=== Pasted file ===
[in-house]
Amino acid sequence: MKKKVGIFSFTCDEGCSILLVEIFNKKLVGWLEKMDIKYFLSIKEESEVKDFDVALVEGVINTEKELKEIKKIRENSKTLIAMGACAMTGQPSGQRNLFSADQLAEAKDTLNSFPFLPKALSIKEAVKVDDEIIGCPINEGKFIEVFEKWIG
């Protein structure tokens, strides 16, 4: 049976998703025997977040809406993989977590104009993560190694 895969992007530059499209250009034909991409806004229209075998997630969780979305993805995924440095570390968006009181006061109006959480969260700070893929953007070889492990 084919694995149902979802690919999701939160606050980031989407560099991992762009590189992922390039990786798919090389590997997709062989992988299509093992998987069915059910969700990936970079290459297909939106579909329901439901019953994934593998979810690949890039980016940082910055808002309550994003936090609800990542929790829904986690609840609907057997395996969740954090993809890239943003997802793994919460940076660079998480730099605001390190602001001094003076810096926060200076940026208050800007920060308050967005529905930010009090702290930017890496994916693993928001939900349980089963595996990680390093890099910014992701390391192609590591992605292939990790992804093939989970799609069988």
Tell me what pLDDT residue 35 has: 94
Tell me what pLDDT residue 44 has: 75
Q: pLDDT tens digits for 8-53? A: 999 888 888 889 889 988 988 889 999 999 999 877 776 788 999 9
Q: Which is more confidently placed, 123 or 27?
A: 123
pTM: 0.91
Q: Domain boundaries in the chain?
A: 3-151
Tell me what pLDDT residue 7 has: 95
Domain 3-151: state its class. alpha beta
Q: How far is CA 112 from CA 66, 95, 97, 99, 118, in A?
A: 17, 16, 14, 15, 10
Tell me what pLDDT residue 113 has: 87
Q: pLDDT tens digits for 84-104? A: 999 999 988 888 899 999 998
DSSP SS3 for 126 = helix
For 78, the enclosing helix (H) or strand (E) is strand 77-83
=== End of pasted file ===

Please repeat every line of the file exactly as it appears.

[in-house]
Amino acid sequence: MKKKVGIFSFTCDEGCSILLVEIFNKKLVGWLEKMDIKYFLSIKEESEVKDFDVALVEGVINTEKELKEIKKIRENSKTLIAMGACAMTGQPSGQRNLFSADQLAEAKDTLNSFPFLPKALSIKEAVKVDDEIIGCPINEGKFIEVFEKWIG
């Protein structure tokens, strides 16, 4: 049976998703025997977040809406993989977590104009993560190694 895969992007530059499209250009034909991409806004229209075998997630969780979305993805995924440095570390968006009181006061109006959480969260700070893929953007070889492990 084919694995149902979802690919999701939160606050980031989407560099991992762009590189992922390039990786798919090389590997997709062989992988299509093992998987069915059910969700990936970079290459297909939106579909329901439901019953994934593998979810690949890039980016940082910055808002309550994003936090609800990542929790829904986690609840609907057997395996969740954090993809890239943003997802793994919460940076660079998480730099605001390190602001001094003076810096926060200076940026208050800007920060308050967005529905930010009090702290930017890496994916693993928001939900349980089963595996990680390093890099910014992701390391192609590591992605292939990790992804093939989970799609069988």
Tell me what pLDDT residue 35 has: 94
Tell me what pLDDT residue 44 has: 75
Q: pLDDT tens digits for 8-53? A: 999 888 888 889 889 988 988 889 999 999 999 877 776 788 999 9
Q: Which is more confidently placed, 123 or 27?
A: 123
pTM: 0.91
Q: Domain boundaries in the chain?
A: 3-151
Tell me what pLDDT residue 7 has: 95
Domain 3-151: state its class. alpha beta
Q: How far is CA 112 from CA 66, 95, 97, 99, 118, in A?
A: 17, 16, 14, 15, 10
Tell me what pLDDT residue 113 has: 87
Q: pLDDT tens digits for 84-104? A: 999 999 988 888 899 999 998
DSSP SS3 for 126 = helix
For 78, the enclosing helix (H) or strand (E) is strand 77-83